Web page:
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Posted on Wed, Oct 31, 2012 : 5:58 a.m.

Ann Arbor Municipal Center project wins Gold LEED certification from Green Building Council

By Ryan J. Stanton

Ann Arbor's recently renovated and expanded city hall at 301 E. Huron St. has been awarded Gold LEED status by the U.S. Green Building Council.

City officials announced the news on Tuesday, noting the award recognizes the entire Ann Arbor Municipal Center project, including the new Justice Center addition, landscaped municipal plaza rain gardens, green roof promenade and porous pavement in the parking lot.

The gold-level Leadership in Energy and Environmental Design award from the USGBC requires a construction project to achieve a minimum of 39 points for green building and site design, construction and operations. Ann Arbor's Municipal Center obtained 44 points.


This rain garden feature in front of the Ann Arbor Municipal Center was one of the elements that led to a Gold LEED certification.

Ryan J. Stanton |

"Everybody worked really hard for it," said Bill Wheeler, who served as the city's project manager and is now retired. "I was really happy to hear we made it and we actually got several points more than we needed to get into the Gold, so it was very good — a very nice feeling."

The only higher certification is Platinum LEED, which requires at least 52 points.

The city provided the following description of project elements that led to the Gold LEED award.

  • Many of the Municipal Center's building materials were obtained from regional and recycled-content materials. Construction debris was recycled on site and sustainably harvested wood was used throughout.
  • Ann Arbor's Justice Center building, which houses the 15th District Court, Ann Arbor's Safety Services Administration and Police, and Information Technology Services, was constructed with highly-efficient exterior walls. More than three inches of super-rated insulation were used to keep the cold and heat outside while maintaining comfortable interior temperatures.
  • The thermal-sealed windows block the outdoor temperatures and allow for natural interior lighting.
  • The embedded ceramic window stripes serve as built-in blinds to soften incoming light. Many windows may be opened for natural air circulation.
  • The highly efficient Energy Star furnace and air conditioning systems are maintained via monitors to provide a comfortable thermal environment.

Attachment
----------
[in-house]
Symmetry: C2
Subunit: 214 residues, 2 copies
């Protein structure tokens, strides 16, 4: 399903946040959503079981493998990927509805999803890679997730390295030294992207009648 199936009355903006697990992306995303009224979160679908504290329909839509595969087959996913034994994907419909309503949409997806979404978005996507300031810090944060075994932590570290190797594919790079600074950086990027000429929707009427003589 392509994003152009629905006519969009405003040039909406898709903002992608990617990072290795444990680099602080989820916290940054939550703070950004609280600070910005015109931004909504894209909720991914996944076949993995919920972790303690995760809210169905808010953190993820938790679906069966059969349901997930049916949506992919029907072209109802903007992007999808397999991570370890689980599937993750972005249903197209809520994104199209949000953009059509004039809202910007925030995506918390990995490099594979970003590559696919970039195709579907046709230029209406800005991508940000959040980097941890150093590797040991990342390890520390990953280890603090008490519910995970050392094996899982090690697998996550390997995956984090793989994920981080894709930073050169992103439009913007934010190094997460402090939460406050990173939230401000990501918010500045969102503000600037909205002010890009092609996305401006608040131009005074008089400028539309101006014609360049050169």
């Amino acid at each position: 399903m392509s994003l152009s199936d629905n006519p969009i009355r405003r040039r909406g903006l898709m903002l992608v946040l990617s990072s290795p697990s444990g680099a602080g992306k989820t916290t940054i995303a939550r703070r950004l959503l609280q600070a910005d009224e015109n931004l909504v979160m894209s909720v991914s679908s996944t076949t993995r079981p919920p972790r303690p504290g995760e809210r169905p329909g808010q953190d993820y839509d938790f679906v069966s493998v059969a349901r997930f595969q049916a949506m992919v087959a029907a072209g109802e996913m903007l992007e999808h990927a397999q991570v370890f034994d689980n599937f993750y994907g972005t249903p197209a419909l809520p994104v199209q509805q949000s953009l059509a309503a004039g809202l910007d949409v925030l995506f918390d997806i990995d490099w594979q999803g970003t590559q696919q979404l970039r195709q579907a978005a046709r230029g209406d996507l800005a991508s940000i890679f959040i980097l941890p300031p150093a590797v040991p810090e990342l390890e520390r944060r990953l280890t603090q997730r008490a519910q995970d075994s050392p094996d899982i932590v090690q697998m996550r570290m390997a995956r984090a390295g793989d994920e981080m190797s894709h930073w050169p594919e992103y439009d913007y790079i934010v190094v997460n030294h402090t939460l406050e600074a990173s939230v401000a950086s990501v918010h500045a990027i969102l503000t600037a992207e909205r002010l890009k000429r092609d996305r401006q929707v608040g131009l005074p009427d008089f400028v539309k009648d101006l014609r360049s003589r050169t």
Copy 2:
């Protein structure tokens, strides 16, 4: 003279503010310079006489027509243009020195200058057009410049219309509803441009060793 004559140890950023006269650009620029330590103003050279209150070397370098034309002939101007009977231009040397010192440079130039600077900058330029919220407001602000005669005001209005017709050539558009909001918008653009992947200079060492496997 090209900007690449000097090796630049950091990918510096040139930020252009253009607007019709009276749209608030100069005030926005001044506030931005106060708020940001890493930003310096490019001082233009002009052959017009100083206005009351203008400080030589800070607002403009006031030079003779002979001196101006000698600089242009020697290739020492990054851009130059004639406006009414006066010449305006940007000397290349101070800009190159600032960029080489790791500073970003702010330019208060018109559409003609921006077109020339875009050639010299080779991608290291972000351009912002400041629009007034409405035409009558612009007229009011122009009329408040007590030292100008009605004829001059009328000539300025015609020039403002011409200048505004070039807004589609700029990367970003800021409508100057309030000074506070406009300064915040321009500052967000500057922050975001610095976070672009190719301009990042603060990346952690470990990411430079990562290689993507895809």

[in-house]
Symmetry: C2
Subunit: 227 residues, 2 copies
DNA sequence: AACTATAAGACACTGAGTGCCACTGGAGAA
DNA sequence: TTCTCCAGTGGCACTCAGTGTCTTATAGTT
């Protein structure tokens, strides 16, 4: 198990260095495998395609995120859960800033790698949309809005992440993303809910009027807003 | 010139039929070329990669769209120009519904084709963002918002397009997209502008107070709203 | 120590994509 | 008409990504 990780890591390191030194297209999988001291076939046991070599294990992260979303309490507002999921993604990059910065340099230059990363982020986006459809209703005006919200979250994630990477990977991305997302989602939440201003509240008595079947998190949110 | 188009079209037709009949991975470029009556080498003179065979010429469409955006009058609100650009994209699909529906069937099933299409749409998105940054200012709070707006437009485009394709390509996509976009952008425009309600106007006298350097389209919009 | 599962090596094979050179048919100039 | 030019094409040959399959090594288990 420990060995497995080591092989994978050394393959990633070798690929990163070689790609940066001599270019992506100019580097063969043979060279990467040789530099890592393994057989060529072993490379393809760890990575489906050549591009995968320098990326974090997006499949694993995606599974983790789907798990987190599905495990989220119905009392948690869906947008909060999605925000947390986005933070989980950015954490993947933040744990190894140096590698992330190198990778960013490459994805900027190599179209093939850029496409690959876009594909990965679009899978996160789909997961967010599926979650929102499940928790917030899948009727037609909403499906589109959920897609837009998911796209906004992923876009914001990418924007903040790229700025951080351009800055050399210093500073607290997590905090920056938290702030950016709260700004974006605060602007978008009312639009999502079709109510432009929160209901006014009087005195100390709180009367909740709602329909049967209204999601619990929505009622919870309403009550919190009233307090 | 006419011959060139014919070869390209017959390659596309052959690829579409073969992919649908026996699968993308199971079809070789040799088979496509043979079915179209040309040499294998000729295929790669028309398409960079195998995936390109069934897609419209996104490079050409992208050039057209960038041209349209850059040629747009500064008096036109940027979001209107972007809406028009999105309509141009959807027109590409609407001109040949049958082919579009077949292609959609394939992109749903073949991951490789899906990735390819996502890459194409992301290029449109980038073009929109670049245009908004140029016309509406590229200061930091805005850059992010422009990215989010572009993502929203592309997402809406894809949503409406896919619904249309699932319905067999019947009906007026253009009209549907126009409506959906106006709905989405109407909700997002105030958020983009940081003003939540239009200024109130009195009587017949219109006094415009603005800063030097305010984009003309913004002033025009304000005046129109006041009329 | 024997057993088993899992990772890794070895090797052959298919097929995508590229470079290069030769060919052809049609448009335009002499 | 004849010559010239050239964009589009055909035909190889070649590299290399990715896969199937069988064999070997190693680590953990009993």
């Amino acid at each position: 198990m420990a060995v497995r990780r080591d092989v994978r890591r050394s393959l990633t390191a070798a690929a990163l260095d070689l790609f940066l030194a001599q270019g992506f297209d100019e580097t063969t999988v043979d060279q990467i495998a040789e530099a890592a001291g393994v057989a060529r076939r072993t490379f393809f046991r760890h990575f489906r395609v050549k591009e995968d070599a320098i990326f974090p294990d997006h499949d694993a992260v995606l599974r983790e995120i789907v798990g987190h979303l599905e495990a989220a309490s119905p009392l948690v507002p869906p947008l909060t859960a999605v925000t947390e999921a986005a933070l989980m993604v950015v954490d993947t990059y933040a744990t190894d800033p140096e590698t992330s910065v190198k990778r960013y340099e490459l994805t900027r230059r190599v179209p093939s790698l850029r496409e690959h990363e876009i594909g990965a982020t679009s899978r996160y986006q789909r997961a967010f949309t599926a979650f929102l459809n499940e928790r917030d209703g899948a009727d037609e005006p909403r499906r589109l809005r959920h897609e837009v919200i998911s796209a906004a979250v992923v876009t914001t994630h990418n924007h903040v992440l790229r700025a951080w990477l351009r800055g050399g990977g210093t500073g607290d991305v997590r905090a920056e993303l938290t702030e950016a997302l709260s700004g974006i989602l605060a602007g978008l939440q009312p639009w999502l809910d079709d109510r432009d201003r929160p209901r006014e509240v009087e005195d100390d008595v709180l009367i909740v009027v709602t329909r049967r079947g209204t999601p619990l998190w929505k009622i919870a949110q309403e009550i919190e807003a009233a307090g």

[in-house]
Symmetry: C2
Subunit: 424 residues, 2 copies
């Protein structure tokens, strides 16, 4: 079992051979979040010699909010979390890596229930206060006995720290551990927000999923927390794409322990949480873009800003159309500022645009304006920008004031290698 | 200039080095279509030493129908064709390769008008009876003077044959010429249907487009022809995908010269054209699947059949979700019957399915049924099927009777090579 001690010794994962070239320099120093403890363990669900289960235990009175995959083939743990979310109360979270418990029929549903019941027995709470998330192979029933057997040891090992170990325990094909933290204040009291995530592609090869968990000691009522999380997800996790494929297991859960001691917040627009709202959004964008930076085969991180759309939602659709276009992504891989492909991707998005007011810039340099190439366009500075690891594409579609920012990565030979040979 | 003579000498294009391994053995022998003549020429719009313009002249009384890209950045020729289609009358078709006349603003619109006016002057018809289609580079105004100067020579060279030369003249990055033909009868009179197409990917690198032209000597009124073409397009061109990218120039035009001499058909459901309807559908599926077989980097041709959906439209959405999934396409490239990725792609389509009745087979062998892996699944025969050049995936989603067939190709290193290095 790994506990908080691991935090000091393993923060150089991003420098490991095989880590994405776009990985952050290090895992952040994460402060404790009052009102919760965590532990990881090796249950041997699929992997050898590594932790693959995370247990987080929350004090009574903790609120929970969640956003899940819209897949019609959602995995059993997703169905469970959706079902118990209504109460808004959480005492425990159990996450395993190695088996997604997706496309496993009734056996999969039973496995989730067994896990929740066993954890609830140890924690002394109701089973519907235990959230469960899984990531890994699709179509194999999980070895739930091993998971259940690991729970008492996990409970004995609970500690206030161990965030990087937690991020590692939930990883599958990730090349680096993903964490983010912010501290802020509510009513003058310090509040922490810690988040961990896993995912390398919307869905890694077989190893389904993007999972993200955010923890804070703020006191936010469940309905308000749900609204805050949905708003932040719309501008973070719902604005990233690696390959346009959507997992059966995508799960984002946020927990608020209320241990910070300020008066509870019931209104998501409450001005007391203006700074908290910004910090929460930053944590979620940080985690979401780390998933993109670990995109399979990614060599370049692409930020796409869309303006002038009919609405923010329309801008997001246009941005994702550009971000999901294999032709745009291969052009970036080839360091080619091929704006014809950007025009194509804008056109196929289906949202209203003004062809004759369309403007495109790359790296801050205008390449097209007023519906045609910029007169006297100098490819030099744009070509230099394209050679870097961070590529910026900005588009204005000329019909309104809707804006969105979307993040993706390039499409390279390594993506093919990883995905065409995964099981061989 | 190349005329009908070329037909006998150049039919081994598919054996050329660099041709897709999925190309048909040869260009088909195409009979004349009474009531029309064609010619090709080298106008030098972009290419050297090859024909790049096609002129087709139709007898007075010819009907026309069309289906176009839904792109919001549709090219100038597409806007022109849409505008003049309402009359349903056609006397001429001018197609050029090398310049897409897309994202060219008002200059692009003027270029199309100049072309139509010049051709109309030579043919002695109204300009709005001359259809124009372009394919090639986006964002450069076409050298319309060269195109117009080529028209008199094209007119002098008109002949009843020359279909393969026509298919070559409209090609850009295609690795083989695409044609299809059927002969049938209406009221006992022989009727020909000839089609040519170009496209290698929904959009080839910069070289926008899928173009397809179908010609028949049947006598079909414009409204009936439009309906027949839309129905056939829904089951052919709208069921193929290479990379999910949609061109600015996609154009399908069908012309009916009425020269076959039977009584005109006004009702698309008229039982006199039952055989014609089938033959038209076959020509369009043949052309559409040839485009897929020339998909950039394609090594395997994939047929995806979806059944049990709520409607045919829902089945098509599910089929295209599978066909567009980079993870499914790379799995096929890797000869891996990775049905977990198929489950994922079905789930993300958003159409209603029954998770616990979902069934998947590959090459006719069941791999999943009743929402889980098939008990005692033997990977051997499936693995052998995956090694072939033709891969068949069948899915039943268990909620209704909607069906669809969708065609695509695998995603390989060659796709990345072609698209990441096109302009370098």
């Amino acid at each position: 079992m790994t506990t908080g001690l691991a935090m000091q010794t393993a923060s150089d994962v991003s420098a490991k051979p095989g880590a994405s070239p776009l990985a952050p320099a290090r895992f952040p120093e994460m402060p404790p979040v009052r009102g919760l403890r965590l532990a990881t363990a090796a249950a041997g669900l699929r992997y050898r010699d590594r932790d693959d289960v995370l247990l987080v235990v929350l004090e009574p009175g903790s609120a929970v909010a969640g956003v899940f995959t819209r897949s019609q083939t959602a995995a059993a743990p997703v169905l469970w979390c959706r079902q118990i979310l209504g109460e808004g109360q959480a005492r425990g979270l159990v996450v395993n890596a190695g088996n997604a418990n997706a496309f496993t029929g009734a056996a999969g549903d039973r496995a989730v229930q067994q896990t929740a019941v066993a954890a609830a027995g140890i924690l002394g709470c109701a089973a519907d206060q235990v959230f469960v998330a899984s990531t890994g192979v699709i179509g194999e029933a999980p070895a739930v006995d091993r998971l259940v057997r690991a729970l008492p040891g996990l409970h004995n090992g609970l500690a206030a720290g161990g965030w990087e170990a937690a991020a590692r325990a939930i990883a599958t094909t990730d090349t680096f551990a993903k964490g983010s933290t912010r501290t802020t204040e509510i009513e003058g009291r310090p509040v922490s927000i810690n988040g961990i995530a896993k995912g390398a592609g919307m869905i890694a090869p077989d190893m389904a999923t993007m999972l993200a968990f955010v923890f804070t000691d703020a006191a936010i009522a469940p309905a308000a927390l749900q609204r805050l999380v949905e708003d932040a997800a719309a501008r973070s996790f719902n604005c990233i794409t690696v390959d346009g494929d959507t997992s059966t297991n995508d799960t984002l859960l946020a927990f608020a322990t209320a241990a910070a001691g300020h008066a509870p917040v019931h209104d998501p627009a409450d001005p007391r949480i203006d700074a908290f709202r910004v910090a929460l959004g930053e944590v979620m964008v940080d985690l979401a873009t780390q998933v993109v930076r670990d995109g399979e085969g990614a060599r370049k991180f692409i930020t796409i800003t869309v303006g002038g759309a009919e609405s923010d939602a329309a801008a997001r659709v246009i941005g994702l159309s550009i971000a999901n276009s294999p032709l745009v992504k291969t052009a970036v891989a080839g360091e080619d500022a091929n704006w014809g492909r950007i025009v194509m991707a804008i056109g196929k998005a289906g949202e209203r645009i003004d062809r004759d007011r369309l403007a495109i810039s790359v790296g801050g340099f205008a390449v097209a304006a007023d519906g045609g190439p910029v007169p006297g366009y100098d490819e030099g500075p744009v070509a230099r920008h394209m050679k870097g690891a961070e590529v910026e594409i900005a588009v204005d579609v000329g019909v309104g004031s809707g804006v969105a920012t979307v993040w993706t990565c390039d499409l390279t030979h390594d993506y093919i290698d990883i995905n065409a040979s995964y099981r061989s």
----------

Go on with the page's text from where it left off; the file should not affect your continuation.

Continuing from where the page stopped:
• Rooftop solar collectors supply domestic hot water and preheat the boiler water.
  • Low-flow water fixtures are used throughout the building to reduce water waste.
  • Motion detectors adjust the lighting levels to match the building's actual usage to save energy. Sensors also monitor light levels to reduce interior lighting when natural sunlight supplies additional illumination.
  • More than 40 percent of the site's surface is covered with rain gardens or porous pavement. An open-grid pedestrian bridge allows rain water to enter directly into the largest rain garden. Nearly five inches of rain from a single storm can be captured on site. Urban planners label a 4.75-inch heavy rainfall in Southeast Michigan as a 1 percent annual chance event.
  • Many native plants and trees are used around the Municipal Center buildings. These hardy species thrive in typical Michigan weather conditions.
  • During the growing season visitors can enjoy the green roof on the second-story promenade. The green roof features more than 5,000, 12x24x4-inch vegetative trays, each planted with a variety of sedum plants, scattered with alium for color and height.
  • The vegetative trays cover 10,318 square feet of the promenade's total 18,000-square-foot roof surface. A green roof can save up to 25 percent on heating and cooling costs by providing additional insulation, which helps maintain a constant temperature inside the building. Water evaporation from the plants during the summer keeps the building cooler, too.

Quinn Evans was the architectural firm for the Ann Arbor Municipal Center. The landscape architects were InSite Design Studio Inc. with Conservation Design Forum. More details on the Municipal Center's LEED components are available online at

Ryan J. Stanton covers government and politics for Reach him at or 734-623-2529. You also can follow him on Twitter or subscribe to's email newsletters.



Fri, Nov 2, 2012 : 2:56 a.m.